The Atlanta Braves are “thrilled” that the Cobb County Commission voted in favor of a public financing deal that will move the team out of downtown Atlanta for the first time since 1966.
On November 26, 2013, by a 4-1 vote, the commissioners approved spending $300 million in tax revenues to fund part of a new $672 million Braves stadium. The new field will open in 2017 and will be located in an Atlanta suburb. The plan calls for the reallocation of current Cobb County property tax revenues as well as new taxes on businesses and tourism.
As we reported, public financing deals are not uncommon. In fact, almost all professional sports stadiums built in the past decades used some public funding. Yet, time and again these deals prove to be a poor investment of tax dollars.
In the time between the deal’s proposal and the vote, the Commission held town hall meetings to gather feedback. Notwithstanding some public outcry, the deal was approved after an extended comment period at the Commission’s November 26th meeting.
Understandably, the Braves deal has been met with some public criticism. Since the plan was only proposed two weeks before the vote, many say the plan was rushed and covered up. One Cobb County resident said he was “very disappointed in the veil of secrecy and the rush.” The Atlanta Tea Party pointed out one of the major “flaws” in these deals; the stadiums only end up benefiting team owners.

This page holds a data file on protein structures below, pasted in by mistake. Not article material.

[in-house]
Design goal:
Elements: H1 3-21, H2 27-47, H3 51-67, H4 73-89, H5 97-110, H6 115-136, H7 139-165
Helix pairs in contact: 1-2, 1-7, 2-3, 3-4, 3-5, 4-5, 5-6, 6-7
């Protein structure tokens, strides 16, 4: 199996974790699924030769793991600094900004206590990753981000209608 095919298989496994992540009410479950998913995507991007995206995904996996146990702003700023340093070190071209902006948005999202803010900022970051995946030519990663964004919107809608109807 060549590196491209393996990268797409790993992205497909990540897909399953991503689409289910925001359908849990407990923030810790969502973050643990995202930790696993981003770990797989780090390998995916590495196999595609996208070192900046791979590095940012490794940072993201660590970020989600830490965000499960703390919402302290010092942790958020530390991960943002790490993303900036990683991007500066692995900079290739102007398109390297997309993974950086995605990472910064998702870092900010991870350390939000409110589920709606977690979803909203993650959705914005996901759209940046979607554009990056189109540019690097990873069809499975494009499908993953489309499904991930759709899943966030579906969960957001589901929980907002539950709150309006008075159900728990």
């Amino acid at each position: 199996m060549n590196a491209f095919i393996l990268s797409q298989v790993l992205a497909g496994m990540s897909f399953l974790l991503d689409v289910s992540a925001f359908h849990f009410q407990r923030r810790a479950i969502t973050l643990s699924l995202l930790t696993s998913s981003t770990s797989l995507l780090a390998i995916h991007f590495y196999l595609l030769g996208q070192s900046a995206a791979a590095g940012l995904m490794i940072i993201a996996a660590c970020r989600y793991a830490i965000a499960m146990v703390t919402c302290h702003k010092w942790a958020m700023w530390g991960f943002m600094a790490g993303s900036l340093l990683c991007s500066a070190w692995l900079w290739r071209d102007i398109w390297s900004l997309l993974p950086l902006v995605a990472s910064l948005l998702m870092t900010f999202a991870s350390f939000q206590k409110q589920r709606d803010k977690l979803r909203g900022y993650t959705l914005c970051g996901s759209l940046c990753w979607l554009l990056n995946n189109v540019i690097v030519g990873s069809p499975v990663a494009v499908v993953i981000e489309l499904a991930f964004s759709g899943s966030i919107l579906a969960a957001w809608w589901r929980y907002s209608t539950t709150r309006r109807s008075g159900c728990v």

At the meeting, the Commission Chair said they had enough information showing the deal would be a positive development. The commissioners said although the plan was just announced, it was not a rushed. They have been planning the deal with the team for months.
One commissioner does not agree. The lone dissenter said she could not support the memorandum of understanding because the process was too quick and she has lingering concerns. Although she voted against the deal, she “support[s] the Braves being in Cobb County.”
After the vote, the team commented it was “thrilled” with the outcome. Braves President John Schuerholz said “[t]his is a most significant and historic day for our franchise.”
However, if the team wants to begin playing on the new field in 2017, it has to get the building process underway. “We got to one finish line tonight. We have a new starting line tomorrow,” said an executive vice president of the team.
With the plan’s approval, it seems all but certain that the taxpayers will be forced to foot the bill for another sports stadium. The taxpayers’ payout of $300 million is huge, but luckily, the Cobb County residents won’t be stuck paying for cost overruns.